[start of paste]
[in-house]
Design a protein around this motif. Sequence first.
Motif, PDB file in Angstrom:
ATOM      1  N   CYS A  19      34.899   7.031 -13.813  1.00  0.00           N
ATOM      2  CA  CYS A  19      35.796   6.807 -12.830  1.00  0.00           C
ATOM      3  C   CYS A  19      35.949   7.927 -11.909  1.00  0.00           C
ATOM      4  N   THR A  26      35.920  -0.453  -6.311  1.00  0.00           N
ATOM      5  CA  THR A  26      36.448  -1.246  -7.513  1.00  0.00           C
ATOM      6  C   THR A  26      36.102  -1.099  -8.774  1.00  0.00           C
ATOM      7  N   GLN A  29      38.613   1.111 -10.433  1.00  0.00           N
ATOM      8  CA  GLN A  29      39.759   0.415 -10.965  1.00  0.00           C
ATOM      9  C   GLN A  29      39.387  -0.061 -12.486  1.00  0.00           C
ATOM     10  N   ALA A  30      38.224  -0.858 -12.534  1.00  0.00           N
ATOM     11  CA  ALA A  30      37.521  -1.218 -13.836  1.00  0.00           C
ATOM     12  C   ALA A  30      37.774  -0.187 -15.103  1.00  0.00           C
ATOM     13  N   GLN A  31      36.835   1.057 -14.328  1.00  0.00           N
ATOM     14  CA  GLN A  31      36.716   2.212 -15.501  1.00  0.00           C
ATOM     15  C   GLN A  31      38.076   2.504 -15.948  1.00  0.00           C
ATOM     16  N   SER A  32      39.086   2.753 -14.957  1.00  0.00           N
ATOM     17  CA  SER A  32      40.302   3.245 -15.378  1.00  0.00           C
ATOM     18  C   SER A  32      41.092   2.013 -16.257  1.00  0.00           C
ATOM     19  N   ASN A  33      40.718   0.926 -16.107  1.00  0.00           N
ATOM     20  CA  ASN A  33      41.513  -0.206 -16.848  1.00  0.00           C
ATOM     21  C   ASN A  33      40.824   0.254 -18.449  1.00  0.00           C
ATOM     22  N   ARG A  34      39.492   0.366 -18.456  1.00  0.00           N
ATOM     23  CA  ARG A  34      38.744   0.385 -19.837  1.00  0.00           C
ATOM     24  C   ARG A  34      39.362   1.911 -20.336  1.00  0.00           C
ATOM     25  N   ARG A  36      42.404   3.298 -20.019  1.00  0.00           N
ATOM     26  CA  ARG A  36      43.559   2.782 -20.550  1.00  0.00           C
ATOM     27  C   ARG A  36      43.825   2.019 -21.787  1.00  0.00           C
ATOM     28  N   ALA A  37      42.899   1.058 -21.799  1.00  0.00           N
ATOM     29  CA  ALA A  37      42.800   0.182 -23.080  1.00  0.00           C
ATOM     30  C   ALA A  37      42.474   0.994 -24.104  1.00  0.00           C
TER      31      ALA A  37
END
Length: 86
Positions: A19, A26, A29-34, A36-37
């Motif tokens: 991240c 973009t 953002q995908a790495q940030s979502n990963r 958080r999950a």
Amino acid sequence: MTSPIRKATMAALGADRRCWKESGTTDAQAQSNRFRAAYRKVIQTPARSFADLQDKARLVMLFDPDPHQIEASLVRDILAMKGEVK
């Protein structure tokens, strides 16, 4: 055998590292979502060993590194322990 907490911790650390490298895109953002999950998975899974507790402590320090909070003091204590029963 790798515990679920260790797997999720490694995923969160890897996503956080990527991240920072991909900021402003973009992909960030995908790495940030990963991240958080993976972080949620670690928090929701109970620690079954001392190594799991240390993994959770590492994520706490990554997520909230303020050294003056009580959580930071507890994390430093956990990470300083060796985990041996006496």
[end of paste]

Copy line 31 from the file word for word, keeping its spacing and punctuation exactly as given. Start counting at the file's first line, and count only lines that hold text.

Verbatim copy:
ATOM     28  N   ALA A  37      42.899   1.058 -21.799  1.00  0.00           N